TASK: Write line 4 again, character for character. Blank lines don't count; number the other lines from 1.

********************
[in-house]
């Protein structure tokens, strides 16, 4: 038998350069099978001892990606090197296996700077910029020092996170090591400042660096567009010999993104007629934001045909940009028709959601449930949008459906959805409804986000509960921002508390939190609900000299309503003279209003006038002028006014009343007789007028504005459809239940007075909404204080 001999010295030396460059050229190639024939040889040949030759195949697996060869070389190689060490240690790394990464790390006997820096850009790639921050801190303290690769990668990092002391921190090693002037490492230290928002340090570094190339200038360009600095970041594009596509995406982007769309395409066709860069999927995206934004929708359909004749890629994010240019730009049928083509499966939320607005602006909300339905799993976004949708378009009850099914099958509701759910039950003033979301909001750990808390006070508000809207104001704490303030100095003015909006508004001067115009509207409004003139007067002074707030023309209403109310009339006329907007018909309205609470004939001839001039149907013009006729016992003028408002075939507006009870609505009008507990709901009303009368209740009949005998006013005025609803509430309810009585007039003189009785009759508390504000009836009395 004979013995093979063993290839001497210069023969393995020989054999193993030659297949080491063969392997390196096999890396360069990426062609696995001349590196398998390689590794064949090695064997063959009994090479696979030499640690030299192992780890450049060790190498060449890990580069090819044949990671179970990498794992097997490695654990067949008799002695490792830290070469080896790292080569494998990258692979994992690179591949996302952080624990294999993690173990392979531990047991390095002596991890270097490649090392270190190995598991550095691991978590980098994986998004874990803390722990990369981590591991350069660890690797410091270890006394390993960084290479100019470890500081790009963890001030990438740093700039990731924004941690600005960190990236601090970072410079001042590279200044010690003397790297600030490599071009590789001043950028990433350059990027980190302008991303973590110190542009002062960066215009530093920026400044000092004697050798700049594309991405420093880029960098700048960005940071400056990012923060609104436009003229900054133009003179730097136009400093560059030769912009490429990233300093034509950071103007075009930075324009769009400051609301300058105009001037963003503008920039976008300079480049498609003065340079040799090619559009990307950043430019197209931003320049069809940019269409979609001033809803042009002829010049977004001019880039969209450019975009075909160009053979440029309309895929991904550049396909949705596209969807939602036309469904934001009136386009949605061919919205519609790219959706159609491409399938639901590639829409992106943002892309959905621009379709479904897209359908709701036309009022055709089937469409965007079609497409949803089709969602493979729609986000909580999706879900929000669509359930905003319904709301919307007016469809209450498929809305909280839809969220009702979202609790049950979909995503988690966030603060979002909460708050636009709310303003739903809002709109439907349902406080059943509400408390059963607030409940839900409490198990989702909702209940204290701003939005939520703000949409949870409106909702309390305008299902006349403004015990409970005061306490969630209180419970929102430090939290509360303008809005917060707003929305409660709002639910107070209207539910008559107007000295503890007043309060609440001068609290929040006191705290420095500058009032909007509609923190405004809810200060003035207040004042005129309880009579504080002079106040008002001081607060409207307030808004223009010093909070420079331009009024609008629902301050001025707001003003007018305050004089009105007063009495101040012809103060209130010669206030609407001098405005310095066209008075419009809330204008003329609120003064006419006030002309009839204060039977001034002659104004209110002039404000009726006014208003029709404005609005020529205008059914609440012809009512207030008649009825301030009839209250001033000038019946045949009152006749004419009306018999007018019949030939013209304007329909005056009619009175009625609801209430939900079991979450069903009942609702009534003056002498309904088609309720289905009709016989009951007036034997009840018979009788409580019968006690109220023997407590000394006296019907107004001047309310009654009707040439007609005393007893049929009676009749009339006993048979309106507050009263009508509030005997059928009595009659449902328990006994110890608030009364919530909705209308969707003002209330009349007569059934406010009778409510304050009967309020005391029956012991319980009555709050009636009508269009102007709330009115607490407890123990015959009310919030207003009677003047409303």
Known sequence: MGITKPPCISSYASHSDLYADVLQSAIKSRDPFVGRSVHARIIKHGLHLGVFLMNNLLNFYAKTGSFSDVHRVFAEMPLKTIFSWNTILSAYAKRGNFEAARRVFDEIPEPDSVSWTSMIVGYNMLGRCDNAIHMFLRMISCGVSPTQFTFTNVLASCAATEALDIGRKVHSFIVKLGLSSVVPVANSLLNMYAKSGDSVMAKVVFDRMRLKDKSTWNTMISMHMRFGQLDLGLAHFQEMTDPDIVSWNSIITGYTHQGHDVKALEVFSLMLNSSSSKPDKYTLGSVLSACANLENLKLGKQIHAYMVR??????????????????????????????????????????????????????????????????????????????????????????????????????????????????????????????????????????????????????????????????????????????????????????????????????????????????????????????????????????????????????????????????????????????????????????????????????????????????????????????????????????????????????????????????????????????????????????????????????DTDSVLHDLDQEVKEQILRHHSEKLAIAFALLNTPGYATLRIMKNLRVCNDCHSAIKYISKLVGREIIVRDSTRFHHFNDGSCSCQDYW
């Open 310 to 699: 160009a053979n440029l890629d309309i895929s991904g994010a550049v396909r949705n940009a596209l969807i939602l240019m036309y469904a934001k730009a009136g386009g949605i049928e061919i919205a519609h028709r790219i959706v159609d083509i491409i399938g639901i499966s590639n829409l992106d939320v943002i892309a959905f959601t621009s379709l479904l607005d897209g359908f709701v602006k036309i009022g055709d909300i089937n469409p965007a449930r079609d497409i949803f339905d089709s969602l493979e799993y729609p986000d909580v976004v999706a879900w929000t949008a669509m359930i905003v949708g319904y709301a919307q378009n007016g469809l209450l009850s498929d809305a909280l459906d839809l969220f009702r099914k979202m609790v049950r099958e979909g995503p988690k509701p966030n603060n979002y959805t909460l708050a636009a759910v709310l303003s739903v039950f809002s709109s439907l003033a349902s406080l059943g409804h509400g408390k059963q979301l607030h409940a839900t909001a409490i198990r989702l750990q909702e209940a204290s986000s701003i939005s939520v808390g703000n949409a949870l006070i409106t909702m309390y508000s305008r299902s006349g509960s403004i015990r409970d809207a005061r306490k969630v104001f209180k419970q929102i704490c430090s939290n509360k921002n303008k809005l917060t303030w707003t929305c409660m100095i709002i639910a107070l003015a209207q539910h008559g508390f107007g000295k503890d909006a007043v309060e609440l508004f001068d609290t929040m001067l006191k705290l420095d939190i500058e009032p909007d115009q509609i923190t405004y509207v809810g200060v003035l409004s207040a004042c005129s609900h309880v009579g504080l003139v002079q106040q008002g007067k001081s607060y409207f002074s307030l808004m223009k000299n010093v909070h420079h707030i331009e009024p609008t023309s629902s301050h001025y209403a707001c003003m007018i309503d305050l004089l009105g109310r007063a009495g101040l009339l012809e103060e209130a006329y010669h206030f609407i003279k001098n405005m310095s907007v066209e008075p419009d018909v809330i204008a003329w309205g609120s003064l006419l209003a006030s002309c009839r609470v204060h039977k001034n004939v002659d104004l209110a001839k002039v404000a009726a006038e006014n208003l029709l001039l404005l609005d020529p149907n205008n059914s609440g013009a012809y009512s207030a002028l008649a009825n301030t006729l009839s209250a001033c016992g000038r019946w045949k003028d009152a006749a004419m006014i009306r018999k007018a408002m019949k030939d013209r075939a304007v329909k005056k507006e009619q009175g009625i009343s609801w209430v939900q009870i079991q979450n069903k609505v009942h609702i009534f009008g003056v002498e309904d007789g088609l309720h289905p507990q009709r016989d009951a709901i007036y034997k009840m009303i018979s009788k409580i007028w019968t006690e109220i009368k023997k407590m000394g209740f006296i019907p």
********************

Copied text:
């Open 310 to 699: 160009a053979n440029l890629d309309i895929s991904g994010a550049v396909r949705n940009a596209l969807i939602l240019m036309y469904a934001k730009a009136g386009g949605i049928e061919i919205a519609h028709r790219i959706v159609d083509i491409i399938g639901i499966s590639n829409l992106d939320v943002i892309a959905f959601t621009s379709l479904l607005d897209g359908f709701v602006k036309i009022g055709d909300i089937n469409p965007a449930r079609d497409i949803f339905d089709s969602l493979e799993y729609p986000d909580v976004v999706a879900w929000t949008a669509m359930i905003v949708g319904y709301a919307q378009n007016g469809l209450l009850s498929d809305a909280l459906d839809l969220f009702r099914k979202m609790v049950r099958e979909g995503p988690k509701p966030n603060n979002y959805t909460l708050a636009a759910v709310l303003s739903v039950f809002s709109s439907l003033a349902s406080l059943g409804h509400g408390k059963q979301l607030h409940a839900t909001a409490i198990r989702l750990q909702e209940a204290s986000s701003i939005s939520v808390g703000n949409a949870l006070i409106t909702m309390y508000s305008r299902s006349g509960s403004i015990r409970d809207a005061r306490k969630v104001f209180k419970q929102i704490c430090s939290n509360k921002n303008k809005l917060t303030w707003t929305c409660m100095i709002i639910a107070l003015a209207q539910h008559g508390f107007g000295k503890d909006a007043v309060e609440l508004f001068d609290t929040m001067l006191k705290l420095d939190i500058e009032p909007d115009q509609i923190t405004y509207v809810g200060v003035l409004s207040a004042c005129s609900h309880v009579g504080l003139v002079q106040q008002g007067k001081s607060y409207f002074s307030l808004m223009k000299n010093v909070h420079h707030i331009e009024p609008t023309s629902s301050h001025y209403a707001c003003m007018i309503d305050l004089l009105g109310r007063a009495g101040l009339l012809e103060e209130a006329y010669h206030f609407i003279k001098n405005m310095s907007v066209e008075p419009d018909v809330i204008a003329w309205g609120s003064l006419l209003a006030s002309c009839r609470v204060h039977k001034n004939v002659d104004l209110a001839k002039v404000a009726a006038e006014n208003l029709l001039l404005l609005d020529p149907n205008n059914s609440g013009a012809y009512s207030a002028l008649a009825n301030t006729l009839s209250a001033c016992g000038r019946w045949k003028d009152a006749a004419m006014i009306r018999k007018a408002m019949k030939d013209r075939a304007v329909k005056k507006e009619q009175g009625i009343s609801w209430v939900q009870i079991q979450n069903k609505v009942h609702i009534f009008g003056v002498e309904d007789g088609l309720h289905p507990q009709r016989d009951a709901i007036y034997k009840m009303i018979s009788k409580i007028w019968t006690e109220i009368k023997k407590m000394g209740f006296i019907p």